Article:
One of the most imaginative tales in Kenneth Grahame’s Dream Days concerns a reluctant dragon. He has no interest in dragonly archetypes: forget fighting and hoarding treasure and burning things up with the breath of death.

This dragon prefers to hang out on a hillside taking in the view, thinking, dozing, and writing and discussing poetry, particularly sonnets. The boy visits him and they have charming conversations about cultural matters. When St George is sent to kill the dragon, the boy becomes the mediator, since the dragon point blank refuses to fight.

The book is beautifully illustrated by Maxfield Parrish, including a plate showing the boy and the gentle dragon with the caption: “What’s your mind always occupied about?” asked the Boy.  “That’s what I want to know.” The dragon listens to his question with a beatific smile.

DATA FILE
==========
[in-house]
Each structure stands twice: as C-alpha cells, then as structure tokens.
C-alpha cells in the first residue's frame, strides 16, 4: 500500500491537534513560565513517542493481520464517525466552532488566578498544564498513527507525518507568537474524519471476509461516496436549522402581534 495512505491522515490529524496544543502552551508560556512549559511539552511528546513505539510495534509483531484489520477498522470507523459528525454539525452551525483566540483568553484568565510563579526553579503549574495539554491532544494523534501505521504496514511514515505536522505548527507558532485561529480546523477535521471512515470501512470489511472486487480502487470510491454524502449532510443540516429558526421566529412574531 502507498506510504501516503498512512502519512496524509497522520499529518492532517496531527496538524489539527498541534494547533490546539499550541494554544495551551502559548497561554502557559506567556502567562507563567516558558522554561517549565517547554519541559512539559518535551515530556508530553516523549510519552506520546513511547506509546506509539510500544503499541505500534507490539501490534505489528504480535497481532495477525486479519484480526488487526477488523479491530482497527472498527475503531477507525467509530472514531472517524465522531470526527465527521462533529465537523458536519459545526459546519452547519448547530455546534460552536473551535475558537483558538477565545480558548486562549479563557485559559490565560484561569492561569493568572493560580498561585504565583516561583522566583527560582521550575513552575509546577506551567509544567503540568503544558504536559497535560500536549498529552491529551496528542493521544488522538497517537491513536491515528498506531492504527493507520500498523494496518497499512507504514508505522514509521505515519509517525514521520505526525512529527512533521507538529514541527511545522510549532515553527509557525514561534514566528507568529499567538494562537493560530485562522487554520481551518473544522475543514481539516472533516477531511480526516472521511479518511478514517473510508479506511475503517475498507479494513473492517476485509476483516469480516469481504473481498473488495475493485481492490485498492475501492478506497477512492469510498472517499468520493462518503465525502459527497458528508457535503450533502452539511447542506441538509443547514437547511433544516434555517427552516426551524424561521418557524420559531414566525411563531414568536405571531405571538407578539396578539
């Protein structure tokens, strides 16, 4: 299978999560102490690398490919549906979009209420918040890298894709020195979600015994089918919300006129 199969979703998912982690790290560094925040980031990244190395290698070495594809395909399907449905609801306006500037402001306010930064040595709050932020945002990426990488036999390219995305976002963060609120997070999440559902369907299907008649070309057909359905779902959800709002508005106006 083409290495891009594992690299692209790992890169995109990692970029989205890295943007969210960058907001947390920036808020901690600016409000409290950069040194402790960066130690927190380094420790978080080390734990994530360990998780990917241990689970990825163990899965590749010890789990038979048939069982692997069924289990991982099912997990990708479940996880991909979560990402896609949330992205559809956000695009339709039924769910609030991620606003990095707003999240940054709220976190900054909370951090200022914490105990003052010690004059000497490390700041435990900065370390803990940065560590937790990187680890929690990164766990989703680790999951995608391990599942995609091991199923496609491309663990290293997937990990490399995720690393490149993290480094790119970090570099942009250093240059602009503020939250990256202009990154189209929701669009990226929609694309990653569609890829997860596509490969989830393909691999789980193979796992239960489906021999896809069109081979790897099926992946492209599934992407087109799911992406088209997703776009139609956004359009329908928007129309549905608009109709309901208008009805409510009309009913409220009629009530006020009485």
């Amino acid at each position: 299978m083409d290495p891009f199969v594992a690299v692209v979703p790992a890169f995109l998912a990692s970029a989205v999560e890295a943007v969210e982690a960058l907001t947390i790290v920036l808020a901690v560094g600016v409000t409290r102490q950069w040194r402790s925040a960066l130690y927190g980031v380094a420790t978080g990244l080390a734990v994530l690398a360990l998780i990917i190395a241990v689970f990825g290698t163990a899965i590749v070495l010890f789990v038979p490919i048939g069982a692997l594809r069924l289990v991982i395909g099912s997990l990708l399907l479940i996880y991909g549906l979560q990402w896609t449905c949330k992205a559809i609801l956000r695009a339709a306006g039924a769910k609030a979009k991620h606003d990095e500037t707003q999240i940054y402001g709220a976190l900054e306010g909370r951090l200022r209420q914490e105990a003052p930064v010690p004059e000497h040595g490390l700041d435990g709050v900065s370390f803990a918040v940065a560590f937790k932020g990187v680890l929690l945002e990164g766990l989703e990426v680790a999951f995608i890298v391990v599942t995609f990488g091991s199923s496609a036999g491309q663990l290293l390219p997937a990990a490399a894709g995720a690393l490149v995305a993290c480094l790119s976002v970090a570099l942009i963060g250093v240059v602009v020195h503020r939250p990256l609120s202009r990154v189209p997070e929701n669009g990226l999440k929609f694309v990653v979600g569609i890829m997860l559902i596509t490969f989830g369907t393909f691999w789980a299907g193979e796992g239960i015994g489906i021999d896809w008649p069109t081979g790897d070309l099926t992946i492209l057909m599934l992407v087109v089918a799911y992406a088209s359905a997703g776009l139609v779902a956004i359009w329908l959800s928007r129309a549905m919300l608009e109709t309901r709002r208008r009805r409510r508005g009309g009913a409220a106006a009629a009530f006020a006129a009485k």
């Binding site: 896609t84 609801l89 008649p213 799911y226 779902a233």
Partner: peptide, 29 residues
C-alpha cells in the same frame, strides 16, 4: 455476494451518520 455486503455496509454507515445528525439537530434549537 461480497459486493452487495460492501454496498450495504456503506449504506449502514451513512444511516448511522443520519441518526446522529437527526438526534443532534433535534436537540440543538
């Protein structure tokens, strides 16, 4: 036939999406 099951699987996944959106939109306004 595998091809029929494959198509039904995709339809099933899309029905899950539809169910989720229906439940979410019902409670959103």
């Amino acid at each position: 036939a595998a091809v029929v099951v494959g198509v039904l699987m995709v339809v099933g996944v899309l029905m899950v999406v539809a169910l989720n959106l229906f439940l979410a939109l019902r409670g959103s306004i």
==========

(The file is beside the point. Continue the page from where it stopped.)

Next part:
‘Meanwhile the dragon, a happy Bohemian, lolled about on the turf, enjoyed the sunsets, told antediluvian anecdotes to the Boy, and polished his old verses while meditating on fresh ones.’

Source: Kenneth Grahame, Dream Days, illus. by Maxfield Parrish (Edin.: Paul Harris Publishing, 1983), p. 179

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